I remember when I first felt a fear that was bigger than a shadow in my closet. I was about nine years old, and my friend and I were lost in a German cemetery after dark.
Our fathers were U.S. Army officers stationed in Germany, and we were on a day outing with a babysitter and our little sisters. When it was time to go home, we thought it was quite cute and funny to hide, and we hid so well they couldn’t find us.
By the time we realized that the babysitter had left, believing we were ahead of her on the path, the tourists were gone, it was dark, and we were lost. I knew we would be in trouble at home, but wandering alone in a gloomy, empty graveyard was more frightening than any punishment I could imagine.
Fear-consciousness: a common habit
I got out of that mess through the kindness of strangers, and as I grew up my fears grew too. I had a pretty normal, middle-class American life and rarely did any of my fears actually materialize. But fear consciousness is a common human habit, so I kept my fears close to my heart and carried them with me.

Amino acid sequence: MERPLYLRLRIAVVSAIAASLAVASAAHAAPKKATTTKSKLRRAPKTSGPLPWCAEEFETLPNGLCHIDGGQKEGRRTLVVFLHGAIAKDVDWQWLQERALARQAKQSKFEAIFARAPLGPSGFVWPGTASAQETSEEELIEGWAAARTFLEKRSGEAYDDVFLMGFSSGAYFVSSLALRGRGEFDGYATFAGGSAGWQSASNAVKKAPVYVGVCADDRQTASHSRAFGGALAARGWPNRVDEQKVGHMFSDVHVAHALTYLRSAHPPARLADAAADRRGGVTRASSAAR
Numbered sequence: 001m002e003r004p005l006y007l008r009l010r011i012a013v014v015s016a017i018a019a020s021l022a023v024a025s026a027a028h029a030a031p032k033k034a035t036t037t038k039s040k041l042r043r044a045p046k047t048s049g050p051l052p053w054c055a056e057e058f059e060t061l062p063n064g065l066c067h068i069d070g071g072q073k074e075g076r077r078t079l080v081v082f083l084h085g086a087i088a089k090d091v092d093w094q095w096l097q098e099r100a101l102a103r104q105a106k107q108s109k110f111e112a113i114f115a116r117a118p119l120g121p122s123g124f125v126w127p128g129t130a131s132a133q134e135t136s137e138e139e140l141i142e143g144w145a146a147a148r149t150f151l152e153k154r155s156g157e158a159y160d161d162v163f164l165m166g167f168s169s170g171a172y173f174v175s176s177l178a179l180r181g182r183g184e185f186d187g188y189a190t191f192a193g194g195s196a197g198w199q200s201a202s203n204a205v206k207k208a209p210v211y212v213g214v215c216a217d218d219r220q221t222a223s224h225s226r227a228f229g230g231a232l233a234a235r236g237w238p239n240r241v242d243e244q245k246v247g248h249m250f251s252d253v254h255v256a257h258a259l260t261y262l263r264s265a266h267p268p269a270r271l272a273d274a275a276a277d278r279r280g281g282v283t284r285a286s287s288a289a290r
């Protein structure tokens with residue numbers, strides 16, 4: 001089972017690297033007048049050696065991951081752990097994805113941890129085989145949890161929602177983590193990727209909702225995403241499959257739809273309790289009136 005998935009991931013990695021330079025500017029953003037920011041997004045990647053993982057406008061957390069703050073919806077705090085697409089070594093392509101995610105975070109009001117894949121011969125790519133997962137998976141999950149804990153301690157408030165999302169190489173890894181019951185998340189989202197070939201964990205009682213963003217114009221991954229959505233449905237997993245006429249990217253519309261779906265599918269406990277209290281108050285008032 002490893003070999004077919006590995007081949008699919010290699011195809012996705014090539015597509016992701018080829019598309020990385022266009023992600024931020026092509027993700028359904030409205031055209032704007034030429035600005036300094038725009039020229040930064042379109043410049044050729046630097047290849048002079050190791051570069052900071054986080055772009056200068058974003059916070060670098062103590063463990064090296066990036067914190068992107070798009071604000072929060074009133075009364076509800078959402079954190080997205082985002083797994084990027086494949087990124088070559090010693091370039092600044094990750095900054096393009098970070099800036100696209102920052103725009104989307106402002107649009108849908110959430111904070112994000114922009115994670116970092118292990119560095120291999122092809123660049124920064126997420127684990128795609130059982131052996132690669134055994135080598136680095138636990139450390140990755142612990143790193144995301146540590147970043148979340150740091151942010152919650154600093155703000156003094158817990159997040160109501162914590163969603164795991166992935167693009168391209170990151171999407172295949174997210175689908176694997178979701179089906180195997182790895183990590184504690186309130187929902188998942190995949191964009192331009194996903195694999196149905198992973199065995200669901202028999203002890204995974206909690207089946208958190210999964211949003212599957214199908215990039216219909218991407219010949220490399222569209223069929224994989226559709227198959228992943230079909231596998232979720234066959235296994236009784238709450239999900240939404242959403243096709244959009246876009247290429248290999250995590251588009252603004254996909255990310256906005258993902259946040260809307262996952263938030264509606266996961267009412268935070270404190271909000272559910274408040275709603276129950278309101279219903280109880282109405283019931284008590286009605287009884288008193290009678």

The Bhagavad Gita promises that even a little practice of meditation frees one from dire fears and colossal sufferings. When I came onto the spiritual path and my life became consciously God-centered, much of my fear consciousness left. There was a feeling of restfulness and calm as I let go of anxiety about myself. But some habits take a lot of energy to shake loose.